That's a fun title. Quite a long while ago I came across a great tutorial on purl bee for beach balls. When I couldn't shake my psycho nesting phase, I made several. Starting with one for my baby girl for Easter that year. It sort of snowballed from there into a ball for all of our sibling's kids, then friends that had babies, then neighbors that had babies. It has gotten to the point of no return. People probably expect, or at least hope for a ball from me when they have a baby. I'm actually ok with it though because it takes very little fabric, it's a homemade gift that can be personalized with the baby's nursery colors, and it really doesn't take too long. Provided I don't have kids at my heels while sewing. So... it actually takes double the time that it should because when do I ever have no kids at my heels while sewing?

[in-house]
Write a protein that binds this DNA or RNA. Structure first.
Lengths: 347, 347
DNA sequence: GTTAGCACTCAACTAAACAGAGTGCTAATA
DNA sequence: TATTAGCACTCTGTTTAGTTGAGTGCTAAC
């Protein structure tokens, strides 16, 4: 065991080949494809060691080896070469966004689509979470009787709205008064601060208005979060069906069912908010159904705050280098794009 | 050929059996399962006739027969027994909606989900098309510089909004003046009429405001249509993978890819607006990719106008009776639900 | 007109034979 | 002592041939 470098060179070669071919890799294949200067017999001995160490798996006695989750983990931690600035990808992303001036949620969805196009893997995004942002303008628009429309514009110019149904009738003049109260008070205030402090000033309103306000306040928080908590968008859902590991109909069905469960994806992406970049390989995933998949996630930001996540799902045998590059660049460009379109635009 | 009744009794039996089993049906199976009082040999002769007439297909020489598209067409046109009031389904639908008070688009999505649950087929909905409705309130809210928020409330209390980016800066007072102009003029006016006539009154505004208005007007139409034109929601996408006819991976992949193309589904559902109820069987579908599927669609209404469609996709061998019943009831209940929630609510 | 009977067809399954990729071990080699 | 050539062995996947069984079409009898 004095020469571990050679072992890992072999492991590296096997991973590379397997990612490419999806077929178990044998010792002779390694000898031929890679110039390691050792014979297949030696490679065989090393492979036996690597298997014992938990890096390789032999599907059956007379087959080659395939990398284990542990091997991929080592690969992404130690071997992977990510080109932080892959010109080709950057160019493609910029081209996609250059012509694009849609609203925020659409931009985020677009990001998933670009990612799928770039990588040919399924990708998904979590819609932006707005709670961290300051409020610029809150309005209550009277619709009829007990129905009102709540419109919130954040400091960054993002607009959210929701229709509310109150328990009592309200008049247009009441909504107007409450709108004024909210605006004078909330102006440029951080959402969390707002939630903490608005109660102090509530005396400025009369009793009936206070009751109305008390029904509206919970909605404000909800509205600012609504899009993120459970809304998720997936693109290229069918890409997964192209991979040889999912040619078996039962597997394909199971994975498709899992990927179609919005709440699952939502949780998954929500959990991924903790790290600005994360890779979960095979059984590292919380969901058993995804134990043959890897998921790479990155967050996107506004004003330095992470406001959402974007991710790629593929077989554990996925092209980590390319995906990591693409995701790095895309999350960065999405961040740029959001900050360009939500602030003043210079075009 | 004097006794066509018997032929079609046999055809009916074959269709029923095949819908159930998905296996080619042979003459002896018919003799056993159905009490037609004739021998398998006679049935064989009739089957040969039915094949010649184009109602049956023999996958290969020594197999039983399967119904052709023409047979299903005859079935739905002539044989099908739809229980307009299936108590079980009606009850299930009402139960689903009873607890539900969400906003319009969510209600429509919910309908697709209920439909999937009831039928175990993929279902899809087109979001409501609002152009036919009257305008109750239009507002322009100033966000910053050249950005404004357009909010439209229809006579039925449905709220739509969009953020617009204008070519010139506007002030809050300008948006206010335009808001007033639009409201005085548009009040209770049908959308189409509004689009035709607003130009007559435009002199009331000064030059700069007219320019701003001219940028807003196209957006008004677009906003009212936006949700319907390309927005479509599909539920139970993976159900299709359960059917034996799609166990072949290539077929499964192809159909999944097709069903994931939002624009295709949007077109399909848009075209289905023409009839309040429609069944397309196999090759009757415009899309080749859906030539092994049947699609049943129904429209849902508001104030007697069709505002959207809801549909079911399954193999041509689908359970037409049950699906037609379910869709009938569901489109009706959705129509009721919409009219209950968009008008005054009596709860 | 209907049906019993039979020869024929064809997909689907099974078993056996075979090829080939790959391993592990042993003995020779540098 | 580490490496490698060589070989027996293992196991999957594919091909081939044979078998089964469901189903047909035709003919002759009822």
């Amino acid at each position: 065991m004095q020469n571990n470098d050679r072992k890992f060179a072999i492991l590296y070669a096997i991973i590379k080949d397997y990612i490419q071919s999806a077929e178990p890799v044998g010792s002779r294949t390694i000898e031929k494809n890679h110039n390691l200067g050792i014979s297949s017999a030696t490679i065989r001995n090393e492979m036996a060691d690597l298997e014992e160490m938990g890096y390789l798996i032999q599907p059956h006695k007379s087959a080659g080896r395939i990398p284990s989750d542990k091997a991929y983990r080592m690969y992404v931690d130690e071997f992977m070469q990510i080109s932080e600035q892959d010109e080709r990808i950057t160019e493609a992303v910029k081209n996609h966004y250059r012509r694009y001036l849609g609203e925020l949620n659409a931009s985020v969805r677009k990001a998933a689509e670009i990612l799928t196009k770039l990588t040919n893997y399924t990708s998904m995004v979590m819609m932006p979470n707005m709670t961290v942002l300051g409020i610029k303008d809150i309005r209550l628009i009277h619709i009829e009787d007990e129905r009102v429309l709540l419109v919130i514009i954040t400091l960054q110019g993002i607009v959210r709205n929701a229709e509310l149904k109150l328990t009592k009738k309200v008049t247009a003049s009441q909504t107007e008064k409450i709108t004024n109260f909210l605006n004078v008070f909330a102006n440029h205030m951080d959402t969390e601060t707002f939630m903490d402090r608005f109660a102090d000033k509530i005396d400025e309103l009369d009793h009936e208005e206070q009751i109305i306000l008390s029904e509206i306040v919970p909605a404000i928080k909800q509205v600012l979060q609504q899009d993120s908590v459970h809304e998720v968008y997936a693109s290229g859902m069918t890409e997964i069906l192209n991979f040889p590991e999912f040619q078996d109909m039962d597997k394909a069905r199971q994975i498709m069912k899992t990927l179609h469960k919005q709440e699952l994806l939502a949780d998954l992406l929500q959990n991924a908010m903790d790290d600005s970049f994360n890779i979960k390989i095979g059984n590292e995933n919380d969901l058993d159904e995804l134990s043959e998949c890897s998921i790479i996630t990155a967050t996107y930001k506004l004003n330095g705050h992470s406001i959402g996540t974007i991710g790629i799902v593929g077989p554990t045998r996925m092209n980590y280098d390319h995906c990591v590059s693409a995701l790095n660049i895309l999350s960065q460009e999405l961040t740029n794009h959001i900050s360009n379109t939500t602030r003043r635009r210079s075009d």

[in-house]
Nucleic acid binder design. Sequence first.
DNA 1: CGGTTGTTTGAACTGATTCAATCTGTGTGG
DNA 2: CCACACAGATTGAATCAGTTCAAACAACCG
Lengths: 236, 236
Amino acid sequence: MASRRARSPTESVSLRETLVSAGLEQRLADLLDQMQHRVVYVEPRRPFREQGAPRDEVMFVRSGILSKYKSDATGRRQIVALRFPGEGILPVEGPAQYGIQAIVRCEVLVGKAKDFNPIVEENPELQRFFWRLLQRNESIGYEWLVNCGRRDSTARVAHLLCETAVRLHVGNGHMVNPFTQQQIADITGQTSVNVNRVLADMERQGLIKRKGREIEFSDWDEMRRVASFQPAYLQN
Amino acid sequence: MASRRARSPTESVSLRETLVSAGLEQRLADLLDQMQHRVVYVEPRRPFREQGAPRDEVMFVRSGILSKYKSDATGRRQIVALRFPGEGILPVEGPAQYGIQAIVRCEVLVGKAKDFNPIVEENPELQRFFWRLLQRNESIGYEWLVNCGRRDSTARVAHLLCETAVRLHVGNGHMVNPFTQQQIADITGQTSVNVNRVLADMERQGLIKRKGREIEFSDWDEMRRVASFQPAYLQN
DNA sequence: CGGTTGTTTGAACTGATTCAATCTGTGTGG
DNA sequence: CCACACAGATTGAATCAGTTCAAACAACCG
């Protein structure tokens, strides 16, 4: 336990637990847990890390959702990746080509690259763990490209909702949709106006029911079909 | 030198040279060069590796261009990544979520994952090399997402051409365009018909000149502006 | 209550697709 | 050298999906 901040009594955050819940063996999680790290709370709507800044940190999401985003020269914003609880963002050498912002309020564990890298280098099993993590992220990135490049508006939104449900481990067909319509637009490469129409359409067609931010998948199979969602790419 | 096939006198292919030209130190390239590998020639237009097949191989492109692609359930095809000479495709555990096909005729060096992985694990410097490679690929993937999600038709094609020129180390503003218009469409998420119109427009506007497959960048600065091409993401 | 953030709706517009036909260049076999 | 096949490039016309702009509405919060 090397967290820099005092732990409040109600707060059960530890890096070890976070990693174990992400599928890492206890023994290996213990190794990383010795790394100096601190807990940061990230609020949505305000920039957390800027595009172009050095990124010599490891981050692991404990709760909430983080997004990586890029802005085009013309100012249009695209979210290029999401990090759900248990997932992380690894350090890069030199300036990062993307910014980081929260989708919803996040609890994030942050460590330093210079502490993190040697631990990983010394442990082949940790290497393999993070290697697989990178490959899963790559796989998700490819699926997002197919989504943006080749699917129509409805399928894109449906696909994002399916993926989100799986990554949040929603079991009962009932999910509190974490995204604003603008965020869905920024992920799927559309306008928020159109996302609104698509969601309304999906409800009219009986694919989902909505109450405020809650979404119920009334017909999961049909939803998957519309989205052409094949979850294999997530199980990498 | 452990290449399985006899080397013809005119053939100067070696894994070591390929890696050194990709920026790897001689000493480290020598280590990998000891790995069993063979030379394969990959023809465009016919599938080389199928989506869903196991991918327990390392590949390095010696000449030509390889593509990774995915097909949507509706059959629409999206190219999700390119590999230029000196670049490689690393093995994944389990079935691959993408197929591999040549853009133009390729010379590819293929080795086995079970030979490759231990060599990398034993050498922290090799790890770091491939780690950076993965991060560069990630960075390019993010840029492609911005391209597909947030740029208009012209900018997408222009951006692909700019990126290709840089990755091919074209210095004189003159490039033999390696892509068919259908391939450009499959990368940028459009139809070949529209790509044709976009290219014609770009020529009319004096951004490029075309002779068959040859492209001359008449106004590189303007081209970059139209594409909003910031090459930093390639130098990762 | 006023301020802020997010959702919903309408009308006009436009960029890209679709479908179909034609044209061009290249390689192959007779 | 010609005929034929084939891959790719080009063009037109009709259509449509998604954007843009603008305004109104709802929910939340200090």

P.S. Don't stick a needle (the one you did the hand stitching with) in the completed ball. I did that once, just for a moment and oops, it went in and I couldn't get it back out without opening the ball up. I got it out, but nothing says, "we're not really friends" like a sharp object inside of a baby's toy. Not the best gift.

I use Purl's template for the medium ball and I pretty much do the rest on my own. Their tutorial is great, but after, what... 24 balls, I've come up with my own tricks and short cuts.

1. First of all, after I cut two pieces for each of the four fabrics, I lay the pieces out to determine the best pattern on the ball. If you create a flat flower with them (face up), I make sure that each pattern's twin is directly across from it.

2. Then I flip the one from the right on top of the one on left, and pin on the right side (that's the edge that I sew). This ensures each pair is "right sides together".

3. I don't chain sew, I probably should, but I don't have experience there so I just sew the pinned side corner to corner, 1/8" from the edge. Then iron the seams.